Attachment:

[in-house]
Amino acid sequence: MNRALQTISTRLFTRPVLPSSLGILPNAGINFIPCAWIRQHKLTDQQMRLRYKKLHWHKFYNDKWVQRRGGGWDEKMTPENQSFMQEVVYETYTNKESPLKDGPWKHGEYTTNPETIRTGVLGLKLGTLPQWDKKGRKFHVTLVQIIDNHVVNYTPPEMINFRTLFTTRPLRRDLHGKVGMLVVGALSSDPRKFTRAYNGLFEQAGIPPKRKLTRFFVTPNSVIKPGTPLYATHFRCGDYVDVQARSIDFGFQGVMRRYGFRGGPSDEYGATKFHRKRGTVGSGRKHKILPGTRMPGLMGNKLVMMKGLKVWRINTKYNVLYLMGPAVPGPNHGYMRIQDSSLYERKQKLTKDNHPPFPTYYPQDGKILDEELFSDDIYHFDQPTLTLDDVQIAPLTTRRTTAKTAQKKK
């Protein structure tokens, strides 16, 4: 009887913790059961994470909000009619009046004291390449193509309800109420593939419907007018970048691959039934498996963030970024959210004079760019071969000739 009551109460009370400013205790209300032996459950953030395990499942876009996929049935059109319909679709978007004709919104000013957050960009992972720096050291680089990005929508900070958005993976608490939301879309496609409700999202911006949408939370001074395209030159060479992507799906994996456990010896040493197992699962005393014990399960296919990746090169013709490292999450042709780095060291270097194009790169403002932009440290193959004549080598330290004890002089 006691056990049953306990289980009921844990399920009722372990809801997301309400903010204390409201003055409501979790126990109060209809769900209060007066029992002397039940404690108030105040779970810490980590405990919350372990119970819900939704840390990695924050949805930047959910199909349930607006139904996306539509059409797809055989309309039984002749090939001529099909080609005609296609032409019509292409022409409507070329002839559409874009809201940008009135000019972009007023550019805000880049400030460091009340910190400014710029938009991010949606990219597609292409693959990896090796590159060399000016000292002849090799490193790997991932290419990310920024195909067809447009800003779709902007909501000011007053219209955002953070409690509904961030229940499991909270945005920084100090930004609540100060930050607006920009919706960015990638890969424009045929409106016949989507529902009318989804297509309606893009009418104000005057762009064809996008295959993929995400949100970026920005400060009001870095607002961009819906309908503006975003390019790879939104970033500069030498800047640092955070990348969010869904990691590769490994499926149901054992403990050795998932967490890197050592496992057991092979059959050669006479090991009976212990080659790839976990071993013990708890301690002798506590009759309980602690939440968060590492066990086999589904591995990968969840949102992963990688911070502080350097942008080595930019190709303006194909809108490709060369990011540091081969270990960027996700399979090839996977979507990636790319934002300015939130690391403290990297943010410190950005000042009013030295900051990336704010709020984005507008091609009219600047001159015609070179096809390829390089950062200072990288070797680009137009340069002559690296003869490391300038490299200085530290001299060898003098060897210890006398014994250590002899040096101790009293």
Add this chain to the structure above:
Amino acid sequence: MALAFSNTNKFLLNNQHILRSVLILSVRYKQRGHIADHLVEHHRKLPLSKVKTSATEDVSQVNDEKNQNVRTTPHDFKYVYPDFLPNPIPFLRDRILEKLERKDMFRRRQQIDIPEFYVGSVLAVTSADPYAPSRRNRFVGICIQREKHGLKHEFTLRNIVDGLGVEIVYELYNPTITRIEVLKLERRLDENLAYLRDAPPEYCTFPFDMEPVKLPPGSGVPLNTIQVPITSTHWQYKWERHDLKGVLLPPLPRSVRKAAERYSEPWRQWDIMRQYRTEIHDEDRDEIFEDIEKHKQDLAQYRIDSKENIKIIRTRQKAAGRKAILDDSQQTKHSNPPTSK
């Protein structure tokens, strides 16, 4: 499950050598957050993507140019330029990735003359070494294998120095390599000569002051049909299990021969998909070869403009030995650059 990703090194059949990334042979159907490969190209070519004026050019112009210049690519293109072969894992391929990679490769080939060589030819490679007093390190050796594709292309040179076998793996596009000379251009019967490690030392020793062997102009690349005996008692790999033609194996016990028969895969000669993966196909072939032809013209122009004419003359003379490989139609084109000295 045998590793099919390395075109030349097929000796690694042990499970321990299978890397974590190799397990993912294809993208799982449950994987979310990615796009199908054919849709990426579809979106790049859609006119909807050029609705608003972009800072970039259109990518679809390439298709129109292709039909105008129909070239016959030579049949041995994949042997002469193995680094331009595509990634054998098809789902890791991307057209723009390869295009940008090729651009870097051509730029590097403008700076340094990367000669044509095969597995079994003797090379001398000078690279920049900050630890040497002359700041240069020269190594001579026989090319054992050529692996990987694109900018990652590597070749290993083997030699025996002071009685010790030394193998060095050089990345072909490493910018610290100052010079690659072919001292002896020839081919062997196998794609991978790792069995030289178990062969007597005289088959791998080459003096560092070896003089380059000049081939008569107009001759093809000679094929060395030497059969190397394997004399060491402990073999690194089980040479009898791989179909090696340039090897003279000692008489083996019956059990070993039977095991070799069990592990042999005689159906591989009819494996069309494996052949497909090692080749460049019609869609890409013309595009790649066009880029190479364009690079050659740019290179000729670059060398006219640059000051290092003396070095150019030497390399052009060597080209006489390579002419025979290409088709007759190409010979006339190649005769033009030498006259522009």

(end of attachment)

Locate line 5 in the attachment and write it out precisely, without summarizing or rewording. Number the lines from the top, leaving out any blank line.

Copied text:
Amino acid sequence: MALAFSNTNKFLLNNQHILRSVLILSVRYKQRGHIADHLVEHHRKLPLSKVKTSATEDVSQVNDEKNQNVRTTPHDFKYVYPDFLPNPIPFLRDRILEKLERKDMFRRRQQIDIPEFYVGSVLAVTSADPYAPSRRNRFVGICIQREKHGLKHEFTLRNIVDGLGVEIVYELYNPTITRIEVLKLERRLDENLAYLRDAPPEYCTFPFDMEPVKLPPGSGVPLNTIQVPITSTHWQYKWERHDLKGVLLPPLPRSVRKAAERYSEPWRQWDIMRQYRTEIHDEDRDEIFEDIEKHKQDLAQYRIDSKENIKIIRTRQKAAGRKAILDDSQQTKHSNPPTSK